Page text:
These personal essays by first and second language researchers and practitioners reflect on issues, events, and people in their lives that helped them carve out their career paths or clarify an important dimension of their missions as educators. Their narratives depict the ways in which professionals from diverse backgrounds and work settings have grappled with issues in language education that concern all of us: the sources and development of beliefs about language and education, the constructing of a professional identity in the face of ethical and ideological dilemmas, and the constraints and inspirations of teaching and learning environments. They have come together as a collective to engage in a courageous new form of academic discourse, one with the potential to change the field. Many of the authors write their stories of having begun their work with voices positioned at the margins. Now, as established professionals, they feel strong enough collectively to risk the telling and, through their telling, to encourage other voices.
This volume is intended to provide graduate students, teachers, and researchers in language education with insights into the struggles that characterize the professional development of language educators. Both readers and contributors should use the stories to view their own professional lives from fresh perspectives -- and be inspired to reflect in new ways on the ideological, ethical, and philosophical underpinnings of their professional personae.
"…rich in practical suggestions highly useful for both experts and beginners."
—College Composition and Communication
"…each author presents a richly detailed, unique story of his or her life and professional development, complete with life's twists and turns within and outside the academy. The book concludes with pithy 'biostatements' and photos of the contributors that extend the personal essays even further by revealing insights into the character of each individual and adding to the harmony of this collection."
—Reading Research Quarterly
"Whether as a thought-provoking addition to a personal library on professionalism or a riveting and effective graduate school course book, this collection is an original, much-needed investigation of identity and power in language education, an invaluable contribution to critical pedagogy."
—TESOL Quarterly (Winter, 1998)
"On Becoming a Language Educator may well be the most valuable book you read this year; it will certainly be one of the most enjoyable volumes in your library of professional development -- one you will be sorry to have overlooked. So don't."
—JALT Journal (V20#2,1998)
"On Becoming a Language Educator,…is a valuable collection of personal reflections of determined and prolific researchers, who recount their own professional development on the way to becoming language educators. The process of professional development can be a struggle. When listening to distinguished scholars, we focus our attention on what they are saying at the moment instead of thinking about the life-long process that they have gone through on the way to telling us about their ideas and insights. This book is therefore a unique opportunity for those who would like to see and witness this process first-hand….On Becoming a Language Educator is an engaging book of personal essays from distinguished scholars….To anybody who would like to spend a few hours with well-known scholars doing something other than talking about the "big" matters in language education, I highly recommend this book to get a grasp of the process of becoming a language educator."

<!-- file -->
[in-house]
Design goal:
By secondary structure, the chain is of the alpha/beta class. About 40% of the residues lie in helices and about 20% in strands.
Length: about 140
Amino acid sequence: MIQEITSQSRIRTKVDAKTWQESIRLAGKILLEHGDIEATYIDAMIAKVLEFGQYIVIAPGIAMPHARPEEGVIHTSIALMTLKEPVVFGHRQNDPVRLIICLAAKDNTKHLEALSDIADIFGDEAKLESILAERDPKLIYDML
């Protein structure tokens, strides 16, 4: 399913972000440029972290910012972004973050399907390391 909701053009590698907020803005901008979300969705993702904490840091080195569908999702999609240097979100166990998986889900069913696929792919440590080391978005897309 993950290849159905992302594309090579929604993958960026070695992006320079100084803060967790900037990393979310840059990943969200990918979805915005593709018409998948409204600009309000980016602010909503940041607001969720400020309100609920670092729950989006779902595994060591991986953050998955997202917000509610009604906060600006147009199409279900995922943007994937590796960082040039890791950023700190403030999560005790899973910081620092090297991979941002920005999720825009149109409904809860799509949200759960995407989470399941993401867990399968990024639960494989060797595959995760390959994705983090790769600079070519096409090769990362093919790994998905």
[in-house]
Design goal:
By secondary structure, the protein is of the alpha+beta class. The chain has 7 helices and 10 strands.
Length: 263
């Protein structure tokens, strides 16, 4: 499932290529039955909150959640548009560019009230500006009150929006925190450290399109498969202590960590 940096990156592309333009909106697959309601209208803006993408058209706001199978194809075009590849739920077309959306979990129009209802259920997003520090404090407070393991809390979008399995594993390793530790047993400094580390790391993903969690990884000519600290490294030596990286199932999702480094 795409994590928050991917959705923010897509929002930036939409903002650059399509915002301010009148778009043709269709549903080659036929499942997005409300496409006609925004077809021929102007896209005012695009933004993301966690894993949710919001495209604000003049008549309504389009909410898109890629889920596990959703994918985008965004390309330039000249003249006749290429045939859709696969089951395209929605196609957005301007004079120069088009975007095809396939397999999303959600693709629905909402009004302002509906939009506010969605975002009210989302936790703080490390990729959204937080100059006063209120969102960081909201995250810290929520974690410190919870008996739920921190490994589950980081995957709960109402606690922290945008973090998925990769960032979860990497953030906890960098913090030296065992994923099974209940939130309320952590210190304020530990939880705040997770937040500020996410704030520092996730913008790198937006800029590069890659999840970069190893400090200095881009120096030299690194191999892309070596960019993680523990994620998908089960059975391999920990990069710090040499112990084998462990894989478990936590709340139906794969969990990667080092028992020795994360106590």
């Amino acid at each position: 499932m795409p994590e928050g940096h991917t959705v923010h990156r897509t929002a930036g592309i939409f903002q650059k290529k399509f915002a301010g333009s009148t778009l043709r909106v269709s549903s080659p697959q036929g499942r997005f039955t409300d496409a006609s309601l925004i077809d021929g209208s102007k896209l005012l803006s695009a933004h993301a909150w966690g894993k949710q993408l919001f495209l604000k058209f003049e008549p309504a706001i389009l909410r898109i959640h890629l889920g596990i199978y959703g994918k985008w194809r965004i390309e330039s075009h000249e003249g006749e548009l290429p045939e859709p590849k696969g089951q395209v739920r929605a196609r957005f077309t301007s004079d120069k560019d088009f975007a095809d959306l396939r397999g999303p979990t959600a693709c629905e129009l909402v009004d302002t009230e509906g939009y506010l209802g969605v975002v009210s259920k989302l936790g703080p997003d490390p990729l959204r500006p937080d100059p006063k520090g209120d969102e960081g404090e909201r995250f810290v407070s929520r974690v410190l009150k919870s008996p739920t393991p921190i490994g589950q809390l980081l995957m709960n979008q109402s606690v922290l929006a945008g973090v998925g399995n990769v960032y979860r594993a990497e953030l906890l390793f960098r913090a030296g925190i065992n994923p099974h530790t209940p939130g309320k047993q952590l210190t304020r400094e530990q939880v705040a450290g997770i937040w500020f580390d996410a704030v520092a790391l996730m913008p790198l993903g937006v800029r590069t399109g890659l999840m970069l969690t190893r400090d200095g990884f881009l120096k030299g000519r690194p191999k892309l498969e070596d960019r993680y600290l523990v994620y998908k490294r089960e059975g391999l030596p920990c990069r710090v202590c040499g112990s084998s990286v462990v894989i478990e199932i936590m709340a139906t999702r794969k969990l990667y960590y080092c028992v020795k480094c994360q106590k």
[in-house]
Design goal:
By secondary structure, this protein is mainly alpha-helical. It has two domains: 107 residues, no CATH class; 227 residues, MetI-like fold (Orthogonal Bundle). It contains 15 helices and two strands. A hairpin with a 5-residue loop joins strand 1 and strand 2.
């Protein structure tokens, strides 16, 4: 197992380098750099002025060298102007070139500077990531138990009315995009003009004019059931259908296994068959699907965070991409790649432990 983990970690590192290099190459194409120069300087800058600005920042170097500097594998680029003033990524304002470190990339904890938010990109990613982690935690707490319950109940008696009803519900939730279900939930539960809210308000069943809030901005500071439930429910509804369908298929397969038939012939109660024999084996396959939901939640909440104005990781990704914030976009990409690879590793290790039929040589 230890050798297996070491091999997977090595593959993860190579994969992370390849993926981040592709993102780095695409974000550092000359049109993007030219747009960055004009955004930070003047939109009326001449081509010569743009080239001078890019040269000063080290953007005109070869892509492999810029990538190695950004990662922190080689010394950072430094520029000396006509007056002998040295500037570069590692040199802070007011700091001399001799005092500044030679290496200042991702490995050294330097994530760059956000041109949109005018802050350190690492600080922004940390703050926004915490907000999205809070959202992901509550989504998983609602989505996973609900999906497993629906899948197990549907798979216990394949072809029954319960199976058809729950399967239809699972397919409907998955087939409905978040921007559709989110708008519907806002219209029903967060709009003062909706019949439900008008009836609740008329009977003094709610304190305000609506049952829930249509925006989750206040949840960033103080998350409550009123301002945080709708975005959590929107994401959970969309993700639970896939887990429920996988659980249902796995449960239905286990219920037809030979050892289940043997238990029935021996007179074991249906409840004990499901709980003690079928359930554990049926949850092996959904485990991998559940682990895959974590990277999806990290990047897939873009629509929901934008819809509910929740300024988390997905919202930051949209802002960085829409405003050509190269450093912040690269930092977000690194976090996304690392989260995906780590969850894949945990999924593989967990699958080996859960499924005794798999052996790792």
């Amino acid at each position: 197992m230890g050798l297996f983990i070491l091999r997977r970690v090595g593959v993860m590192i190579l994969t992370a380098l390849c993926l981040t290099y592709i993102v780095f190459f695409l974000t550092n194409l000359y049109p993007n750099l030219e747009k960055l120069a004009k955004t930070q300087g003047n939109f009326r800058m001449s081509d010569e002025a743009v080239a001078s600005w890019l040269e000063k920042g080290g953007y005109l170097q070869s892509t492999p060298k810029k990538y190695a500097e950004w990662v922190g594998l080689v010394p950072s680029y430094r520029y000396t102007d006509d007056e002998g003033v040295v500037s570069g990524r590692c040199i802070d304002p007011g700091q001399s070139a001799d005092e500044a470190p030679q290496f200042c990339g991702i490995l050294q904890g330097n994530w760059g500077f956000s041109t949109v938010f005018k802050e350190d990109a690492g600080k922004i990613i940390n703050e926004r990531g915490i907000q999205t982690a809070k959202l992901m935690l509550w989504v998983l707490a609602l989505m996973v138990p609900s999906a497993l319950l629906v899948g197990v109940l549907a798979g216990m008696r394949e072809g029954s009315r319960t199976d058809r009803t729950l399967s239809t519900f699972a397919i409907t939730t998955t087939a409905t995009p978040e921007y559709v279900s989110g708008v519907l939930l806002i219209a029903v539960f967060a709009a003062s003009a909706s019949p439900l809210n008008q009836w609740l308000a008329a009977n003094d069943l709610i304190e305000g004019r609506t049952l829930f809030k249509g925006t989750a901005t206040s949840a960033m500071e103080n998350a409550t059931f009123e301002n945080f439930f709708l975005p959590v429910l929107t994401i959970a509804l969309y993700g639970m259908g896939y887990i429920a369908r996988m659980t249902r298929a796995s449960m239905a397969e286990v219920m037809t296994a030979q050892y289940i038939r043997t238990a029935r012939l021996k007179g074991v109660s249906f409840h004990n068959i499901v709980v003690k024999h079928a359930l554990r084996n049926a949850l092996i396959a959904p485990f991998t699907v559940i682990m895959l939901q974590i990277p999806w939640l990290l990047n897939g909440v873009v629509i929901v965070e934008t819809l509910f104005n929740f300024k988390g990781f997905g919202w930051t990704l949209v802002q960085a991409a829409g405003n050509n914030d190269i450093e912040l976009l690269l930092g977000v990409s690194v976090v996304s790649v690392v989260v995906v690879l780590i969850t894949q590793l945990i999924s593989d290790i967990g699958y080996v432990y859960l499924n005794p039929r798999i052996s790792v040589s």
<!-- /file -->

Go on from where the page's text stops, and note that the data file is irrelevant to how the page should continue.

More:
Contents: D.J. Clandinin, Foreword. Preface. C.P. Casanave, S.R. Schecter, Introduction: Readers and Authors in Search of Selves. Part I:Evolving a Philosophy. C. Edelsky, Working on the Margins. M. Foster, What I Learned in Catholic School. L.W. Fillmore, Luck, Fish Seeds, and Second-Language Learning. P.V. Paul, Between Scylla and Charybdis: Evolving Views on Literacy Education for Students with Hearing Impairment. J. Cummins, Echoes From the Past: Stepping Stones Toward a Personal Critical Literacy. Explorations for Part One: Evolving a Philosophy. Part II:Identity Dilemmas. N. González, Blurred Voices: Who Speaks for the Subaltern? D.P. Shea, In Search of Gender Bias. S.R. Schecter, My Professional Transformation. Explorations for Part Two: Identity Dilemmas. Part III:Lessons from Teachings and Learnings. V.G. Paley, Talking to Myself in a Daily Journal: Reflections of a Kindergarten Teacher. T. Smoke, Breaking the Silence. J.S. Bell, Shifting Frames, Shifting Stories. T. Scovel, Strength from Weakness, Insight from Failure. Explorations for Part Three: Lessons from Teachings and Learnings. Part IV:Reflections on the Profession. J.F. Fanselow, Postcard Realities. A. Strand, Sabbatical Blues. D.E. Murray, Changing the Margins: Dilemmas of a Reformer in the Field. C.P. Casanave, Body-Mergings: Searching for Connections with Academic Discourse. Explorations for Part Four: Reflections on the Profession. Part V:Conversations. D.E. Murray, On Getting There from Here. J.W-B. Olsen, Reflections by Fax and E-mail. D.P. Shea, S.R. Schecter, Correspondence with an Editor. Explorations for Part Five: Conversations.